And now #5 reserved for throwback Thursday. After hearing John Lewis speak on MLK day for the second time, the latter via a podcast, it’s led me to think about the ways non-violence, the actual study of what it was back in SNCC activist Ella Baker’s and Dr. King’s time, what it might mean for a scholar like me today doing work on gender and sexuality within black cultural studies. We black feminists studying hip-hop do this out of love. Love of community. Love of music. Love of blackness as a cultural signifier of our time and place in the world. But I never really got present to the root of nonviolence being love until John Lewis talked about it that way.

It helped that Sunday night I witnessed love as music by Toshi Reagon and a host of African American singers I love and adore as musicians and people at the Public Theater of Joe’s Pub. So the notion of what love means as active participation in struggles have been very real for me relative to music this week.

Lesson #5: Practicing (and Studying) Non-Violence Can’t Hurt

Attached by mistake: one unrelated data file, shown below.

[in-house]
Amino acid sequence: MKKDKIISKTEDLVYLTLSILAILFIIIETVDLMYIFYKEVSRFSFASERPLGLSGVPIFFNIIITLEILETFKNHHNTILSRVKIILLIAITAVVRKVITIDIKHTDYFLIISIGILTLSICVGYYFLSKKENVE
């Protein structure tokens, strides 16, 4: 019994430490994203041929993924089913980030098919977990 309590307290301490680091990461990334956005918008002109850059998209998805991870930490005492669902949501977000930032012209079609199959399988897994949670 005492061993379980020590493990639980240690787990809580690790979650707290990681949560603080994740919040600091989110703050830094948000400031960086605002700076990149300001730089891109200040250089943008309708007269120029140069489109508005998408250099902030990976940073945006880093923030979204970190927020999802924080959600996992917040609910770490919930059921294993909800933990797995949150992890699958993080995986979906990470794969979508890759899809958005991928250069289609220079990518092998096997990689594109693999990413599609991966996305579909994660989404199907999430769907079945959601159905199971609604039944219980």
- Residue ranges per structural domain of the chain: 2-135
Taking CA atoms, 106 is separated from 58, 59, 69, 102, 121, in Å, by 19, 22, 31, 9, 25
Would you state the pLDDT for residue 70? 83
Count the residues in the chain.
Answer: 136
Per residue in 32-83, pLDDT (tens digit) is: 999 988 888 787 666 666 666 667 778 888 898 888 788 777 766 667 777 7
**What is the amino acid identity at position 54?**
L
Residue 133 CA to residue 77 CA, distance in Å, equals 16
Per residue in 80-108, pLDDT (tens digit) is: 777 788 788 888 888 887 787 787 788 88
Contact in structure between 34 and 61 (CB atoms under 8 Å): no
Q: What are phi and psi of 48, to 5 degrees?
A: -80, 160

I heard John Lewis speaking yesterday in an On Being podcast from Krista Tippett that I regularly follow. He talked about what “Love” meant practicing non-violence in the face of viscious attacks by whites who claimed then to hate black folks. In an aside, he said the Dr. King used to jokingly tell them “Oh, just love the hell out of ’em anyway!”

Lewis talked about the discipline, practice and study required to learn to be “non-violent.” It wasn’t some romantic idea as some young generations seemed to believe. Doing this kind of work on twerking, black girlhood and hip-hop has required a similar same kind of love–discipline, study and practice–in the face of hearing popular male voices now broadcast 24-7, anywhere, anytime, and being able to access explicit video content the same way. It takes something to learn how to protect minors from the possible cognitive and emotional harm that is no longer protected by the FCC with these privatized platforms that seem to be free-sharing sites. Sites that now promote a different kind of “hyper-masculinity” via new media, in quantity not necessarily quality; where we are bombarded by visual and aural images naming “females” bitches 24-7 as well as emasculated men (if you need reminded watch Slaughterhouse defend such positions back in 2012).